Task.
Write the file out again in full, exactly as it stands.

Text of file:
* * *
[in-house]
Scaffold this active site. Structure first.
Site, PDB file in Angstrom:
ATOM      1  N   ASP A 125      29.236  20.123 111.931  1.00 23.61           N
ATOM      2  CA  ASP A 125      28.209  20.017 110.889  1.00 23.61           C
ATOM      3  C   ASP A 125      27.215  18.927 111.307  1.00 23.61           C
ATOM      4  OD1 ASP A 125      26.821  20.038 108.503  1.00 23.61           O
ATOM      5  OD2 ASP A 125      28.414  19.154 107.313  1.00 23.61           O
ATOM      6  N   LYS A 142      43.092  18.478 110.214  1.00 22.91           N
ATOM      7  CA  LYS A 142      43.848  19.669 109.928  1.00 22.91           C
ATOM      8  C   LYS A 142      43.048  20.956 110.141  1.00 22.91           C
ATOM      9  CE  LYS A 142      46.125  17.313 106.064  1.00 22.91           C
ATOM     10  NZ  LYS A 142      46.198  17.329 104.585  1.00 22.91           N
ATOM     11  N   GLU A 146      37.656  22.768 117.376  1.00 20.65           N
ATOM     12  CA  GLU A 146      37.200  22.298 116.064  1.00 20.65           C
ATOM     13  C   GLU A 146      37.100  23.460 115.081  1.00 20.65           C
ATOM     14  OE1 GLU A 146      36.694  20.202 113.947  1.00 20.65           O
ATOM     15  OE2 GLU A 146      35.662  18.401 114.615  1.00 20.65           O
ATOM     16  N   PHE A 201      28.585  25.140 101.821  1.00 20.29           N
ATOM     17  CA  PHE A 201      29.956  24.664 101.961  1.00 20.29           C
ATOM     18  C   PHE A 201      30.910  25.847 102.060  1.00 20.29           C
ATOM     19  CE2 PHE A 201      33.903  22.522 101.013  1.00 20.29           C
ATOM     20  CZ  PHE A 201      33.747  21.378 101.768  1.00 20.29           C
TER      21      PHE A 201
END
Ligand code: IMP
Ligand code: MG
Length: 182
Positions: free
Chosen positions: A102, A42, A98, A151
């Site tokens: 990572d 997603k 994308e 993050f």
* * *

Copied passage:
[in-house]
Scaffold this active site. Structure first.
Site, PDB file in Angstrom:
ATOM      1  N   ASP A 125      29.236  20.123 111.931  1.00 23.61           N
ATOM      2  CA  ASP A 125      28.209  20.017 110.889  1.00 23.61           C
ATOM      3  C   ASP A 125      27.215  18.927 111.307  1.00 23.61           C
ATOM      4  OD1 ASP A 125      26.821  20.038 108.503  1.00 23.61           O
ATOM      5  OD2 ASP A 125      28.414  19.154 107.313  1.00 23.61           O
ATOM      6  N   LYS A 142      43.092  18.478 110.214  1.00 22.91           N
ATOM      7  CA  LYS A 142      43.848  19.669 109.928  1.00 22.91           C
ATOM      8  C   LYS A 142      43.048  20.956 110.141  1.00 22.91           C
ATOM      9  CE  LYS A 142      46.125  17.313 106.064  1.00 22.91           C
ATOM     10  NZ  LYS A 142      46.198  17.329 104.585  1.00 22.91           N
ATOM     11  N   GLU A 146      37.656  22.768 117.376  1.00 20.65           N
ATOM     12  CA  GLU A 146      37.200  22.298 116.064  1.00 20.65           C
ATOM     13  C   GLU A 146      37.100  23.460 115.081  1.00 20.65           C
ATOM     14  OE1 GLU A 146      36.694  20.202 113.947  1.00 20.65           O
ATOM     15  OE2 GLU A 146      35.662  18.401 114.615  1.00 20.65           O
ATOM     16  N   PHE A 201      28.585  25.140 101.821  1.00 20.29           N
ATOM     17  CA  PHE A 201      29.956  24.664 101.961  1.00 20.29           C
ATOM     18  C   PHE A 201      30.910  25.847 102.060  1.00 20.29           C
ATOM     19  CE2 PHE A 201      33.903  22.522 101.013  1.00 20.29           C
ATOM     20  CZ  PHE A 201      33.747  21.378 101.768  1.00 20.29           C
TER      21      PHE A 201
END
Ligand code: IMP
Ligand code: MG
Length: 182
Positions: free
Chosen positions: A102, A42, A98, A151
């Site tokens: 990572d 997603k 994308e 993050f």